In addition to commands for identifying the cardholder, there is a further set of commands for authenticating the terminal and the card. Since each of these communications partners is equipped with a complete computer, the procedures can be made much more complex, and thus more secure, than those used for PIN verification. In PIN verification, the card receives a secret code in plaintext (the PIN) via the interface, and it only has to compare this with the PIN held in memory. Tapping the transmission line would thus have fatal consequences. Modern authentication procedures are designed to make such attacks impossible. In principle, authentication involves verifying a secret known to both of the communicating parties without requiring it to be sent across the interface. The procedures are constructed such that tapping the data transmission would not compromise the security of the authentication. Depending on the operating system, various commands are available for authenticating the card or the terminal, or both at the same time. For the sake of clarity, here and in the rest of this chapter we refer to authentication between the card and the terminal. However, in terms of information technology what actually happens is that the ‘outside world’ authenticates itself with respect to an application in the card. This does not involve verifying that the card as a whole is genuine, but only that the embedded microcontroller shares a secret with the external world. This should be taken into account in certain applications. In many operating systems, the keys used for authentication are protected by a retry counter. If a terminal unsuccessfully attempts authentication too many times, the card blocks the associated key for further authentication tests. This is a perfectly acceptable procedure with regard to system security, but it does have one drawback. Resetting the retry counter for the authentication key to its initial value often involves very complex, logistically cumbersome and costly administrative procedures. Consequently, some systems do not have retry counters
for authentication keys.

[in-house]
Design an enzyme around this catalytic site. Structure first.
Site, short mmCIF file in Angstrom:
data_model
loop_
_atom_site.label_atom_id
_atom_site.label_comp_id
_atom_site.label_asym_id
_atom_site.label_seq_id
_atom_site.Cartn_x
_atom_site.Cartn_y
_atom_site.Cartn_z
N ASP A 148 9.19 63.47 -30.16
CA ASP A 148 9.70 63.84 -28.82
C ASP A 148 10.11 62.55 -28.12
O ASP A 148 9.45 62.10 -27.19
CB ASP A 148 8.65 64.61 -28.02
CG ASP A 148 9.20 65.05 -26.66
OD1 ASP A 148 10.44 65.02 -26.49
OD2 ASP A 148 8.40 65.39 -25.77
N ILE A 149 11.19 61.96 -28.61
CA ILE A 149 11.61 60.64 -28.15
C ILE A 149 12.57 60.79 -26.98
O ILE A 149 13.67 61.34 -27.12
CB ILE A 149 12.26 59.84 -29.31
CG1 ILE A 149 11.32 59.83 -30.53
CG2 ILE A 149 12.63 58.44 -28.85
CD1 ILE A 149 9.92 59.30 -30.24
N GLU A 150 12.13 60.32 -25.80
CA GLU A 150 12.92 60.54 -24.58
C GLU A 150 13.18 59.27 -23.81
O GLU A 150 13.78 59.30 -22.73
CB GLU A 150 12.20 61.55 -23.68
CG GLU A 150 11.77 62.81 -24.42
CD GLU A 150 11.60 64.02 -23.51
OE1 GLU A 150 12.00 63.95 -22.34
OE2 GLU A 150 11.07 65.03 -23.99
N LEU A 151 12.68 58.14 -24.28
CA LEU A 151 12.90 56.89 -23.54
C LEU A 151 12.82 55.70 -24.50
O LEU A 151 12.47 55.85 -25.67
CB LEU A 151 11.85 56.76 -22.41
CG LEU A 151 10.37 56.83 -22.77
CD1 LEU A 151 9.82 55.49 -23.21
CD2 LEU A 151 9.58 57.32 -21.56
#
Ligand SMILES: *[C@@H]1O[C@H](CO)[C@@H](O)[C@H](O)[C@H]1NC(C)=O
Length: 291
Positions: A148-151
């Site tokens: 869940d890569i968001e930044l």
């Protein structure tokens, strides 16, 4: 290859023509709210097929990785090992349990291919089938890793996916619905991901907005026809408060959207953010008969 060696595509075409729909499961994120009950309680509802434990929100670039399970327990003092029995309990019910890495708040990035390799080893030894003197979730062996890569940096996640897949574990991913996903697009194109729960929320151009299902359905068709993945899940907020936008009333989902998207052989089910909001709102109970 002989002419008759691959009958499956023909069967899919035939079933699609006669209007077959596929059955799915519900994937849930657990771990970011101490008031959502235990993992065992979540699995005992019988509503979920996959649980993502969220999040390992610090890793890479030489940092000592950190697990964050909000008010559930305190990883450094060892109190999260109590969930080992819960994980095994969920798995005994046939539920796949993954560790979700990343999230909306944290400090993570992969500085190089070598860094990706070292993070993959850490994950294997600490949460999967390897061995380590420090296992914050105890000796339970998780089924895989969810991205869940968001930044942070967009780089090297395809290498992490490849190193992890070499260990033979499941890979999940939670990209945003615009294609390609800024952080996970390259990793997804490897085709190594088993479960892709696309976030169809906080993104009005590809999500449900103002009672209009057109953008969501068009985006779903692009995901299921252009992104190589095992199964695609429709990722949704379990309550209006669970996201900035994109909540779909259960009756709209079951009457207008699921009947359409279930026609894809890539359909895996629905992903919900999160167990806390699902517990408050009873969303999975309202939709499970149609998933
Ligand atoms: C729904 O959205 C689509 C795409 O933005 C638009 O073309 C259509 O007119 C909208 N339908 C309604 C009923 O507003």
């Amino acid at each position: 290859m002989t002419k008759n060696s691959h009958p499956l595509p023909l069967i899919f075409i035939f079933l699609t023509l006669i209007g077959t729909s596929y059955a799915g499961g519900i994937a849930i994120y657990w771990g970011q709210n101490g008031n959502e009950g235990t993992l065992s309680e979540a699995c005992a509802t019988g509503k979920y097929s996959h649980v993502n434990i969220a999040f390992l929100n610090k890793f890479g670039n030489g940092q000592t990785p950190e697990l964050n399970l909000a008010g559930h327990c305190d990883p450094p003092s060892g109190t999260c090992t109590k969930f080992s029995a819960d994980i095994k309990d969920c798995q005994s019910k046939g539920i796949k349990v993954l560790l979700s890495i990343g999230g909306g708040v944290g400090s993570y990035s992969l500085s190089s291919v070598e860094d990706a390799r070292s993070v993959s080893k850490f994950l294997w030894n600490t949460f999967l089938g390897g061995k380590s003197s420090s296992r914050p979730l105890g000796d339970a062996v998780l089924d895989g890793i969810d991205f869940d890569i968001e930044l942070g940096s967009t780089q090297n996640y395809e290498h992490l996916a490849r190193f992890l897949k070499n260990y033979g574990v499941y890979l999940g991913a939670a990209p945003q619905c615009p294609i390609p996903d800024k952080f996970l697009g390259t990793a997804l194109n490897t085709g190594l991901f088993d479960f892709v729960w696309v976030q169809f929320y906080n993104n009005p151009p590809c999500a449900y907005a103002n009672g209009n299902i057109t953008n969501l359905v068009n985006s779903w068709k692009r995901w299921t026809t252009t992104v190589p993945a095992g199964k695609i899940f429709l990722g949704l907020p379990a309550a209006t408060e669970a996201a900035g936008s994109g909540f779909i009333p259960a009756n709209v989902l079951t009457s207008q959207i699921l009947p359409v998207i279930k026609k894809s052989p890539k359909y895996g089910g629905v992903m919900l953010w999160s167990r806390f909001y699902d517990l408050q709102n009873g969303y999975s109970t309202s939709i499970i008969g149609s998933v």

For security reasons, only card-specific keys should be used for authentication. These keys can be generated from a unique feature of the card. A serial number or chip production number is very suitable for this purpose. Such non-confidential (and thus public) numbers can be read from the card using a suitable command. There is presently no standard in this regard; here we use the GET CHIP NUMBER command. The name varies from one operating system to the next, as do the data that are exchanged. Here we are only interested in the functionality. The command GET CHIP NUMBER obtains a unique serial number from the card, which in light of the DES algorithm should preferably be eight bytes long. This number is used to uniquely identify the chip and to compute card-specific keys. There is one more command that is needed for authentication. This is GET CHALLENGE, which is specified in ISO/IEC 7816-4. It is used to request a random number from the card. This number is subsequently used during authentication. When DES authentication is used, the length of the number is typically eight bytes, but it may be different for other cryptographic algorithms In order to make the following examples relatively easy to understand and avoid unnecessary complexity, we have omitted describing the derivation of the card-specific key. However, deriving card-specific keys is absolutely essential for reasons of security. The INTERNAL AUTHENTICATE command allows the terminal to authenticate a card, or in the case of a multiapplication card, to authenticate an application. This command can be used to verify that a card is genuine. The card receives a random number, which it encrypts using a cryptographic algorithm such as DES using a key that is known only to it and the terminal. The result of this encryption is returned to the terminal in the response. The terminal performs the same encryption as the card and compares its result with the result in the response received from the card. If the two results match, it follows that the card also knows the secret authentication key and must be genuine. The card has thus been authenticated. This command implements the classic challenge–response procedure for authenticating a communications partner. The exact data content of the challenge is not specified in detail in the ISO/IEC 7816-4 standard. The only thing that is standardized is that the value sent to the card must be random and session-specific. Consequently, when the INTERNAL AUTHENTICATE command and the other authentication commands described below are used in an application, a detailed specification is always necessary to ensure that they can be used interoperably. The terminal uses the EXTERNAL AUTHENTICATE command to show the card that it is connected to a genuine terminal. This command must be initiated by the terminal, since the communications process must always operate within the command–response framework. However, the card can force terminal authentication by blocking access to certain files until the terminal has been successfully authenticated.